And then, there was Stubby, who famously served in WWI. He, too, strayed into his future when he wandered onto a playing field at Yale University, perhaps looking for some easy-going fun. Instead, he found the 102nd Infantry doing exercises, and decided to join up, on the spot! He allied himself with Corporal J. Robert Conroy. Together, they served on the front lines in France, where an alert Stubby captured a German spy by chomping on the seat of his baggy britches. Grrrrr….. Don’t mess with Stubby! This brave Pit Bull was awarded many medals and eventually met three (!) Presidents, but his real reward was Mr. Conroy’s lifelong devotion.

“My heroes,” Cooper says, with awe. “A wag of the tail and our eternal gratitude to you!” When Stubby died in 1926, The New York Times published a memorable obituary of this brave pooch.

So, on this Memorial Day 2010, Cooper and Swirl honor all the brave men and women, living and dead, who have served with such generosity of spirit. And a wag of the tail to their steadfast 4-legged friends, who faithfully serve at their side.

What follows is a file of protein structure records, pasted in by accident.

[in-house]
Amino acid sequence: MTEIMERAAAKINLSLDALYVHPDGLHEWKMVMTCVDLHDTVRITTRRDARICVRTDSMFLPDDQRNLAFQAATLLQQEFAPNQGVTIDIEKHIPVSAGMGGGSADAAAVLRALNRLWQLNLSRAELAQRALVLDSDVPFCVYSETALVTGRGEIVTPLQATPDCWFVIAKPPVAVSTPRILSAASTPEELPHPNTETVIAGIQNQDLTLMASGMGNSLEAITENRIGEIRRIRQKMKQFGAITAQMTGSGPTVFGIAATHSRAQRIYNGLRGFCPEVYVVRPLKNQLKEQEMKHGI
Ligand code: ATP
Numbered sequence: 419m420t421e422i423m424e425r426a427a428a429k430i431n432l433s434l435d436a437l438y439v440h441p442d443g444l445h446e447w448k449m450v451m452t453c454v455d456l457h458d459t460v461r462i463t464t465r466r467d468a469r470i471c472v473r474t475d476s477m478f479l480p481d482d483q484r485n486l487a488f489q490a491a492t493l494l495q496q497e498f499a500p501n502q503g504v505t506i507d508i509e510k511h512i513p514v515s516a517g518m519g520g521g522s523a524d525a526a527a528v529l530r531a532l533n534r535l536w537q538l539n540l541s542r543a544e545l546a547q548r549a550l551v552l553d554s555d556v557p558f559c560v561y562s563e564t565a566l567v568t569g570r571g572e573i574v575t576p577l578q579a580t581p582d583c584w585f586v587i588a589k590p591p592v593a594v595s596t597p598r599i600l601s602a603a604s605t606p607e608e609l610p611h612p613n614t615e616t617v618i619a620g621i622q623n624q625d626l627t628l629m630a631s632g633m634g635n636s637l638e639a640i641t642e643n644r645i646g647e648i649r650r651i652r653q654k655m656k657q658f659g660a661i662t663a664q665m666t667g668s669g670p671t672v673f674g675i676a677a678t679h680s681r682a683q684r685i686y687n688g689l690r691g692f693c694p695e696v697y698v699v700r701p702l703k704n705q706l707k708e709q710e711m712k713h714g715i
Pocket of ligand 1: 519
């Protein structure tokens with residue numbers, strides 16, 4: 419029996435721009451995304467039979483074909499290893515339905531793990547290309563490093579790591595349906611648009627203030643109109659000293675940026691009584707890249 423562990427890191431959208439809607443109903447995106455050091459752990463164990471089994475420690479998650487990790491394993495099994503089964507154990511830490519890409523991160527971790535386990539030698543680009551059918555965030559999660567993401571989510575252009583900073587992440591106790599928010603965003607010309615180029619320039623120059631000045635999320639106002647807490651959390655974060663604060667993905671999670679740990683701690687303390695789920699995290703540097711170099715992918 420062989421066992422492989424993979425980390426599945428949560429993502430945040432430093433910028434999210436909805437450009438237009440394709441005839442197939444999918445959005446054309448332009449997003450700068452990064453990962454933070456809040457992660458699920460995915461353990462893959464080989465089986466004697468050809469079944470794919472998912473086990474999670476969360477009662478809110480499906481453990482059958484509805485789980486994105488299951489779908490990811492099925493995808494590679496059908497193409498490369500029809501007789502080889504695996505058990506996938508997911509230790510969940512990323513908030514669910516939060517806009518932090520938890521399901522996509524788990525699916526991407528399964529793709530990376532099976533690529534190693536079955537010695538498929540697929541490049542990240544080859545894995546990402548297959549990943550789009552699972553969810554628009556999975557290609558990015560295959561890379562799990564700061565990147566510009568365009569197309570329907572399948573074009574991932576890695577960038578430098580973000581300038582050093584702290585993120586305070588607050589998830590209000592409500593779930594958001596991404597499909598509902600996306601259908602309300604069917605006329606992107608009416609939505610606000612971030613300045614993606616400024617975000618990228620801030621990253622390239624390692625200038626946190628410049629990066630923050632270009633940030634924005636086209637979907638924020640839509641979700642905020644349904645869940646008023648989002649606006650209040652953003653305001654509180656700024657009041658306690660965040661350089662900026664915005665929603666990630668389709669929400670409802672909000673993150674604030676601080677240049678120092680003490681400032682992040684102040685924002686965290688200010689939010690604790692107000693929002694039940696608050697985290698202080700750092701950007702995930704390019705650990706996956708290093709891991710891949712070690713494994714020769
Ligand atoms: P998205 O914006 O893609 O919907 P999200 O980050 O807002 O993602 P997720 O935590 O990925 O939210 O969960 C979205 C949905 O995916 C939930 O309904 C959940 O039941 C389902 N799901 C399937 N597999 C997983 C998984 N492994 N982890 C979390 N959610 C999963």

Heroes all.

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Ivan is a Cookie Monster (OK, obviously). He is a cherished member of Wayne and Jan’s family, and an alpha dog with the confident swagger that comes with being numero uno in line for cookies. He’s a playful tease, who loves walks and rides in the car. And did we mention, cookies? Most of all, Ivan is a Happy Dog.

Ivan is also completely blind. However, you could spend a significant amount of time with Ivan before you realized it. Cooper asks, “What’s your story, Mister Incredible?”

When Ivan was just 6-months-old, alert passersby scooped up the blind puppy from a busy Seattle street, and seriously increased his life expectancy. They brought Ivan to a shelter.

At the same time, Wayne and his wife, who always had owned and showed Rottweilers (he’s the breed rep for Seattle Purebred Dog Rescue), decided to learn more about Pit Bulls. They wondered, what would it be like to live with one?